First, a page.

Arlene, Dennis and Louie at the top of Meall Nan Tarmachan

Arlene, Dennis and Louie at the top of Meall Nan Tarmachan

I waited on them to return to me and we got the Finding Your Feet flag out.

Unfurling the flag....

Unfurling the flag….

We turned and headed back down hill stopping at a small lochan for a bite to eat and for Dennis to take a dip in the icy cold water. Louie’s gloves were wet and his hands were getting cold. He looked up at me, tears rolling down his face in pain. He had the hot aches. This is something he suffers with as a goalkeeper too, many times he has come home from football in agony. I took his wet gloves off, got my Arcteryx thermals from my rucksack and put them on him. I rubbed his hands with mine to try to warm them up. “But Dad that’s not fair, your hands are cold and wet too” I told him mine weren’t sore though, and his were.

“Anyway, do you know why this hill is called Meall Nan Tarmachan?” I said trying to change the subject.

“Why’s that?”

“Well, Peter would know exactly the reason, but I think its something to do with the bird called a Ptarmigan. They are very hard to spot and sometimes you only ever know they are because of their call”

“Have you seen any today Dad?” he asked

“No I have not, so maybe my theory is rubbish”

We gathered our stuff together and headed down. We dropped about 50 feet and I stopped to wait on Louie and Arlene catching up. He was still in pain and crying. I cuddled him and held his hands for a bit more for warmth.

“Dad, do we have to go down the same way we came up? It’s a bit steep isn’t it?”

“We’ll be fine don’t worry, I’ll keep a hold of you and you just have to make sure you get good foot placements on the way. You’ll be fine”

He looked out and down towards the Lawers Dam.

“Dad, look, what’s that!” he whispered. I turned around.

“Its a Ptarmigan!” I said.

The Ptarmigan appears!...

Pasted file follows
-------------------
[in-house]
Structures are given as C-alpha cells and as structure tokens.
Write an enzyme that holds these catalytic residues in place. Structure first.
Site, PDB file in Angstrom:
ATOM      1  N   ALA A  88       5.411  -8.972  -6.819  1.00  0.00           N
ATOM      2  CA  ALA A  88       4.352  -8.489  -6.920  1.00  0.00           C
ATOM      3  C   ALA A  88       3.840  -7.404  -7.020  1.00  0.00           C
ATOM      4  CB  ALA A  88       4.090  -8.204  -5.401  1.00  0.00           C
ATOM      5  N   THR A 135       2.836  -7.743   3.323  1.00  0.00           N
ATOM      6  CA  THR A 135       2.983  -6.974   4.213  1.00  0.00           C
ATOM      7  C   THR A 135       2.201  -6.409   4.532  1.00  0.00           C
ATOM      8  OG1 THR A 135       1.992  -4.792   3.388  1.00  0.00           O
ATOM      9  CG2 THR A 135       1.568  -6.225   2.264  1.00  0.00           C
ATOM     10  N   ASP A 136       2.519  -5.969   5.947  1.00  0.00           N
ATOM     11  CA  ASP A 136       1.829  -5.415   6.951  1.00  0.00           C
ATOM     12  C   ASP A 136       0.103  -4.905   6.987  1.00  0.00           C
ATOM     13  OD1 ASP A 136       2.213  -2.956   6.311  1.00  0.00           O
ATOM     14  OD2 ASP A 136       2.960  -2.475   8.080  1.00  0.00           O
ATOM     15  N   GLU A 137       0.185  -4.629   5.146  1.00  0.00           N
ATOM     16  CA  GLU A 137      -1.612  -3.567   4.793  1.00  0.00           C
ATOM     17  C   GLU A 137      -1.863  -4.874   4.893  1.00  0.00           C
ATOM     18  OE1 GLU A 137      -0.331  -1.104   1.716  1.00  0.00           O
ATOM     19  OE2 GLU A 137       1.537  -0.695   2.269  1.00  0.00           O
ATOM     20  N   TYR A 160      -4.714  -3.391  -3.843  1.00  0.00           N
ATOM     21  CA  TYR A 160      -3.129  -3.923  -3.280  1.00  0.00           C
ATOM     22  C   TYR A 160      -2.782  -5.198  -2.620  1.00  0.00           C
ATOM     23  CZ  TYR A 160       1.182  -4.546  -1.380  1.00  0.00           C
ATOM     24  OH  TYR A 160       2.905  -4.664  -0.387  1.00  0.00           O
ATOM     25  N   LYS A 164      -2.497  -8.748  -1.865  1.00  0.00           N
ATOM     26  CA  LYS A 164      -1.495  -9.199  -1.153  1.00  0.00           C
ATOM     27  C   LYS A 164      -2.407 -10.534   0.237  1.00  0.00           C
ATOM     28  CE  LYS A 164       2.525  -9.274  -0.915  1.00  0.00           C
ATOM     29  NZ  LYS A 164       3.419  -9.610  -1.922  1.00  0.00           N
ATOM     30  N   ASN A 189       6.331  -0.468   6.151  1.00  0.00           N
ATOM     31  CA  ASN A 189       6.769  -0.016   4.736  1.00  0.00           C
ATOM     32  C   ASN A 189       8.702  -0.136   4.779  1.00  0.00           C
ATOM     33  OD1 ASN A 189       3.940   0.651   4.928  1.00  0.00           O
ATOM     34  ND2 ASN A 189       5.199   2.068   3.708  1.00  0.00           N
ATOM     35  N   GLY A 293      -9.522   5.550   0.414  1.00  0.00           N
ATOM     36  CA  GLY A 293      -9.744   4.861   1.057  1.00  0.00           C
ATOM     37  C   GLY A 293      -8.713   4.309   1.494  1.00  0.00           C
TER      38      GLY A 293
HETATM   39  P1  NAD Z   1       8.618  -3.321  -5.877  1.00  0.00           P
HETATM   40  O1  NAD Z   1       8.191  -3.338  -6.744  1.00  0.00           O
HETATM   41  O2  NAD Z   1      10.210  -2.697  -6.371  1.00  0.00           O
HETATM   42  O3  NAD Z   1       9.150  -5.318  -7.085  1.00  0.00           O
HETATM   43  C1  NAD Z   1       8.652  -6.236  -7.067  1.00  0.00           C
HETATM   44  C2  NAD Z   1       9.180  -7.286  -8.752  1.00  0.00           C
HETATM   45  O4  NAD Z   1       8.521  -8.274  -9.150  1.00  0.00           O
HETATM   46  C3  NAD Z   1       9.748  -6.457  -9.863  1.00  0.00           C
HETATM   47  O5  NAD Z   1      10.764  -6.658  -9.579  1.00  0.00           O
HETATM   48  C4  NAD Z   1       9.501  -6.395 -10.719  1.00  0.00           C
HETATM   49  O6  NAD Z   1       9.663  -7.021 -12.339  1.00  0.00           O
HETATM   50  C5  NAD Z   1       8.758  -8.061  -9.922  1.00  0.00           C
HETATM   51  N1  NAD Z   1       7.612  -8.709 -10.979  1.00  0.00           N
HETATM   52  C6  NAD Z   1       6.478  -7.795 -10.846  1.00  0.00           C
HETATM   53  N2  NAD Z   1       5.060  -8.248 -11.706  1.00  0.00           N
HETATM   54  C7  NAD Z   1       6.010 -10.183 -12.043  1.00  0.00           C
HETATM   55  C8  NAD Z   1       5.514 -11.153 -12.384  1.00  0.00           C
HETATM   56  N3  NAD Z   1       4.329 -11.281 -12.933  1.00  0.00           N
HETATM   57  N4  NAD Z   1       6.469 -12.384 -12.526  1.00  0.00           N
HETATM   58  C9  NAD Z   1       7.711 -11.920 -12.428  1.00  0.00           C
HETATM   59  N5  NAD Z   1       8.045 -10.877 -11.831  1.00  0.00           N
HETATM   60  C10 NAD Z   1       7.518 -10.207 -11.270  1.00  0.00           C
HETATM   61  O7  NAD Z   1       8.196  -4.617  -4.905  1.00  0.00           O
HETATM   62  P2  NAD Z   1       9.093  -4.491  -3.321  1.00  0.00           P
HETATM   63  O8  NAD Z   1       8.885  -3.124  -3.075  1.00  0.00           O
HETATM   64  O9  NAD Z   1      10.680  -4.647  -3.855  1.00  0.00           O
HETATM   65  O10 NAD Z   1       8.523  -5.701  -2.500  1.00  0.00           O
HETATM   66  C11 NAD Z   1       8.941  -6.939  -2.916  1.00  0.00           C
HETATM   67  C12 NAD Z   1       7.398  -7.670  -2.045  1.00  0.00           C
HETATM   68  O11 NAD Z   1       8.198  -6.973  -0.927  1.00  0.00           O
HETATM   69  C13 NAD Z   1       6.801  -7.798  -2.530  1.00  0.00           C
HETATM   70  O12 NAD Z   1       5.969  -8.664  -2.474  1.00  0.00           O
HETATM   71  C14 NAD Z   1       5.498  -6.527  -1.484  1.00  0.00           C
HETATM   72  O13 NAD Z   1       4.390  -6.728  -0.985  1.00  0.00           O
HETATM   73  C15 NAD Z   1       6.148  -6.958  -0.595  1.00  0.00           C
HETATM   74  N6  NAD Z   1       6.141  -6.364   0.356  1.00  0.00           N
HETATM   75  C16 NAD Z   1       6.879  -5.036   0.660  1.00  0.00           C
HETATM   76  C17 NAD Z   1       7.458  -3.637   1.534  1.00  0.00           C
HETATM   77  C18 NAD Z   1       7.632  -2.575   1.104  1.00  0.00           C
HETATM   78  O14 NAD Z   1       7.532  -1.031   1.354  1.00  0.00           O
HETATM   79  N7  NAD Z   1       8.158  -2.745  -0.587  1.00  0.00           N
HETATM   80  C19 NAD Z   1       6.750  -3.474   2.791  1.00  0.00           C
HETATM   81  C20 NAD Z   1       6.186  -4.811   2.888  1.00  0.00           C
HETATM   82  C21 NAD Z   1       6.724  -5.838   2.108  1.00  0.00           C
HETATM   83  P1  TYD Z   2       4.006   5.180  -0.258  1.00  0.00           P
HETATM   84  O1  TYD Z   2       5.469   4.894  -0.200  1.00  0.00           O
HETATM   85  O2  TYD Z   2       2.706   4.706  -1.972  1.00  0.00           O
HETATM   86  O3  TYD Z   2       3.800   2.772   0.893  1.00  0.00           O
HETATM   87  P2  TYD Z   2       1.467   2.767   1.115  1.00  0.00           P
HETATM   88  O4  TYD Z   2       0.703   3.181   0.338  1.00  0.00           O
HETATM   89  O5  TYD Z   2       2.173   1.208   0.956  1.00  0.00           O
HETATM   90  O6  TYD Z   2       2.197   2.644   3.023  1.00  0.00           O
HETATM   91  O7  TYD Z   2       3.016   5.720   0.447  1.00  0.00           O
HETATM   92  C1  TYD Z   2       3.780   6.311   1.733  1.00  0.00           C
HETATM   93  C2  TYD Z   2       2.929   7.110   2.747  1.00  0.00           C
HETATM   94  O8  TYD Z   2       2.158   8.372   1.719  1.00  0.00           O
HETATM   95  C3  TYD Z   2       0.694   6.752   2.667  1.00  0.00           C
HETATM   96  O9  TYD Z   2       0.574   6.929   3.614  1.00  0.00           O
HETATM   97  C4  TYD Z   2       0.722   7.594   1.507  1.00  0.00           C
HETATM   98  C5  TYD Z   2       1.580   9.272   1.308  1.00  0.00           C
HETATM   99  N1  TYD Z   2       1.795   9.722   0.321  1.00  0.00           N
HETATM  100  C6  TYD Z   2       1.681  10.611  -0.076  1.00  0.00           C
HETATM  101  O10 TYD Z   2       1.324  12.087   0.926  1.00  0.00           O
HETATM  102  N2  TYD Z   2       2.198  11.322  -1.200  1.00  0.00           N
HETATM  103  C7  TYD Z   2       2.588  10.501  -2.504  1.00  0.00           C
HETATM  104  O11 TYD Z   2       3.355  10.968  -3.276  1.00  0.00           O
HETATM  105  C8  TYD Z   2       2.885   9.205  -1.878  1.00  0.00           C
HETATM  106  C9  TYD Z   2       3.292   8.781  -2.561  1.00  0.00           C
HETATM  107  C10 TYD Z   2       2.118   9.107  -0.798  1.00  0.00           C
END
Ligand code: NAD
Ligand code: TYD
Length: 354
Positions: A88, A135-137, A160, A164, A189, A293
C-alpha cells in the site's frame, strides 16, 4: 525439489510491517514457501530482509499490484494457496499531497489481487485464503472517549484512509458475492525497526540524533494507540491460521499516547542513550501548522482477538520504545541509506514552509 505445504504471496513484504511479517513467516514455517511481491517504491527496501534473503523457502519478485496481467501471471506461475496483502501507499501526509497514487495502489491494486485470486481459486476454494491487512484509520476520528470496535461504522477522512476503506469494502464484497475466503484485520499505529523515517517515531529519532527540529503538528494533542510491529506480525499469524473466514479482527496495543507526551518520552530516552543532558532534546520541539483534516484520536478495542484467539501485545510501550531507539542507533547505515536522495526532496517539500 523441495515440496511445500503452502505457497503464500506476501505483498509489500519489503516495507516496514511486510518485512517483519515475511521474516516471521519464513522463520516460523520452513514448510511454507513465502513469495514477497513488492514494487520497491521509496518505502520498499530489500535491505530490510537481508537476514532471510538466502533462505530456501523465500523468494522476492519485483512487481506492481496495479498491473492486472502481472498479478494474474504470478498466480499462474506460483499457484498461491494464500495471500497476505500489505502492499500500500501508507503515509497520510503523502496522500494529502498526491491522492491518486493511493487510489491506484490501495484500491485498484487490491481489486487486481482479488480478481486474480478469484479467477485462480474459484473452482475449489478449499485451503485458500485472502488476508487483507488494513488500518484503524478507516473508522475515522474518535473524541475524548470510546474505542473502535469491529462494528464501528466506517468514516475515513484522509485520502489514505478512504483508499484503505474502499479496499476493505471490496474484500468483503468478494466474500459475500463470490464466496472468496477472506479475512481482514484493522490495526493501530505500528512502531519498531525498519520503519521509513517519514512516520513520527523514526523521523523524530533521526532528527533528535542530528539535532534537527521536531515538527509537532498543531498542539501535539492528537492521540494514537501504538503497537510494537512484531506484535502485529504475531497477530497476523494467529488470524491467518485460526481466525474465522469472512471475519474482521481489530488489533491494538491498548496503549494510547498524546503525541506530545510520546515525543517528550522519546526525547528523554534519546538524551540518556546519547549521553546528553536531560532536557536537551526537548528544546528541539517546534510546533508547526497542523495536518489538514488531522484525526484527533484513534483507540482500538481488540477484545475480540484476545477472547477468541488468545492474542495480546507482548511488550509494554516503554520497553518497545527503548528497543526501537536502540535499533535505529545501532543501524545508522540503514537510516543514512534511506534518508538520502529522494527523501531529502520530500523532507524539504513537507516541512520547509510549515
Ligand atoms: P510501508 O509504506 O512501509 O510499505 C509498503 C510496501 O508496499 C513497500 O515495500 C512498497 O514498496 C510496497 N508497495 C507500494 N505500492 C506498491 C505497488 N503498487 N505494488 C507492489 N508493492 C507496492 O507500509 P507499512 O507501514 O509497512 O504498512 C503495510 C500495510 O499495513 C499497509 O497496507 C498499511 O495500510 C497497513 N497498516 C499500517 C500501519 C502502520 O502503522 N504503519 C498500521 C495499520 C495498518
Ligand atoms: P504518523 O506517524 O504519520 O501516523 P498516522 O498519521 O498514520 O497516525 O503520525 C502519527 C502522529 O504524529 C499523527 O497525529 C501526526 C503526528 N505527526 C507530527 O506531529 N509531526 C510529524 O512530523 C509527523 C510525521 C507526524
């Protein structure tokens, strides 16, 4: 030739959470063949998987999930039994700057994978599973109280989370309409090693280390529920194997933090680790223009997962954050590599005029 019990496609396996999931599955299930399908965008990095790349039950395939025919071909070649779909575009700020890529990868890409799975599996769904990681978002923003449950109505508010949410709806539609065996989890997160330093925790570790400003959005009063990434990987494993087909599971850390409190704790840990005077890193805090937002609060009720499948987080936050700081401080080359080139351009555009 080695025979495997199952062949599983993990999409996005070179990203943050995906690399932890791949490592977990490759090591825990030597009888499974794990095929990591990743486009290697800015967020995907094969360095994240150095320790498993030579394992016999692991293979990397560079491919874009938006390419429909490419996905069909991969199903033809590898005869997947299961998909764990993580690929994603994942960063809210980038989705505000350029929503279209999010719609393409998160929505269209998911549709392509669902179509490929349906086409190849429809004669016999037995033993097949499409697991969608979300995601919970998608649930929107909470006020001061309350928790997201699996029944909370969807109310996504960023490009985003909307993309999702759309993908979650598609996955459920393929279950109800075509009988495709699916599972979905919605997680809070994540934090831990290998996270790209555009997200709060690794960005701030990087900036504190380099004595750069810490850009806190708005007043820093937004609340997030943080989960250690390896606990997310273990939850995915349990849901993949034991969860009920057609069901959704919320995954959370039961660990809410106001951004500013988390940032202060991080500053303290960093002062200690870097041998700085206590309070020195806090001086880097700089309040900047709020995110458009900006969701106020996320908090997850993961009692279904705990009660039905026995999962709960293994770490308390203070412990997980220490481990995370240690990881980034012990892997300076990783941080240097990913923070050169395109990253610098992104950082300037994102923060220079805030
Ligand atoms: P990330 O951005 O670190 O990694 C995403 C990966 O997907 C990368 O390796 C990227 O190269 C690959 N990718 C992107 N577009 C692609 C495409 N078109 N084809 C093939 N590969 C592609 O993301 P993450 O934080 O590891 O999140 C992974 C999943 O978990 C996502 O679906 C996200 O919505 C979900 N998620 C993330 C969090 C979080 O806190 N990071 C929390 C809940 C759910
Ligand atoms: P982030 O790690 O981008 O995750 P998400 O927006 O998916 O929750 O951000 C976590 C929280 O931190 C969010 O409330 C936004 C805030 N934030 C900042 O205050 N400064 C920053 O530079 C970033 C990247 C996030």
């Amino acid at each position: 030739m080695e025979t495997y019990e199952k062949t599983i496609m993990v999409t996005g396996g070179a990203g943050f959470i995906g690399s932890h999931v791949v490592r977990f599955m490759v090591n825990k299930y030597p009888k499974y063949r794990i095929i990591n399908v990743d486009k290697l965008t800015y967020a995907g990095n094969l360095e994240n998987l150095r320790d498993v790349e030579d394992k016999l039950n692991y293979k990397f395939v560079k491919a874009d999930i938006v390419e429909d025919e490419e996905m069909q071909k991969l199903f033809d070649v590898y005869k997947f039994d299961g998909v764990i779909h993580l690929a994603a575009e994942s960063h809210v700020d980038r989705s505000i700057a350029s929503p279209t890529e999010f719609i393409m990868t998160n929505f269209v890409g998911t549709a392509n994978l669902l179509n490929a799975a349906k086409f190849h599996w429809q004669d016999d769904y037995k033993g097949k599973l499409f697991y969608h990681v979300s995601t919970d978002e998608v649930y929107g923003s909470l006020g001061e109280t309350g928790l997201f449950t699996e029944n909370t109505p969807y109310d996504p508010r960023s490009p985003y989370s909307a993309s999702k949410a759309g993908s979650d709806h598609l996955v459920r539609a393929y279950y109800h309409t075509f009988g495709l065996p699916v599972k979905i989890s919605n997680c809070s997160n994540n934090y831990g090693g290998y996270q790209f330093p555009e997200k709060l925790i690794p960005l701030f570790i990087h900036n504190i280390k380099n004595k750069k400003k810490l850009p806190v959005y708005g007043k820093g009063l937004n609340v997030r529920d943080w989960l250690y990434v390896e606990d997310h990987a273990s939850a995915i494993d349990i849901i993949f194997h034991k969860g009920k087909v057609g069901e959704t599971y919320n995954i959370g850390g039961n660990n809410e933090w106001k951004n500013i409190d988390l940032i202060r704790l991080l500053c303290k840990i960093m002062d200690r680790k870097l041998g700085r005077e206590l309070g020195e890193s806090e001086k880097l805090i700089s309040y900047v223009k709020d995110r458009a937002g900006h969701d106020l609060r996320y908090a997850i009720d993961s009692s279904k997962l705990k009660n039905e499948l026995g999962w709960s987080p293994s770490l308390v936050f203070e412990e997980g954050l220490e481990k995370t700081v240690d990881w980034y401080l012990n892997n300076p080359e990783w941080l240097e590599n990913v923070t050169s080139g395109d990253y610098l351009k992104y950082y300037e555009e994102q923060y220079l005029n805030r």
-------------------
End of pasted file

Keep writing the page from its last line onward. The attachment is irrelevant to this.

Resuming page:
The Ptarmigan appears!…

It was about three feet from us and walking towards us up the steep grassy face. We all looked at it in amazement. It spotted us, it croaked a loud warning sending Dennis into a barking frenzy and signalling its flight off to safety.

“That was amazing” he said ” This MUST be the Hill of the Ptarmigan”

We made our way down to the steepening and I held onto him as he took each step, one by one, down the slippery grassy embankment. we followed the snow line down carefully and with every ounce of his concentration, he reached the bottom in no time at all. Knowing that that was the difficult part of the day complete, his mood lifted, the adrenalin and sense of achievement kicked in and the pain in his fingers eased.

We all set off down the well worn path towards the car.

“Can we stop at Killin for a hot chocolate and a doughnut?”

“Course we can!”

Another great day in the hills. Made more so by the company of my wife, my son and my dog. Another Munro blagged, another summit avoided for Finding Your Feet, and another great day of being a dad.

But the one moment I will remember from this day, was whilst walking with Louie back down the path to the car. He turned to me and said ” You know how in any great day Dad there’s always one thing that goes wrong? Always that wee cloud in the perfect sky. Well I’m just glad that my hot aches was that thing, and that was the worst thing that happened today”.

I only wish I had such words when I was that age.

“That’s a great thing to say Louie, and very Buddhist”.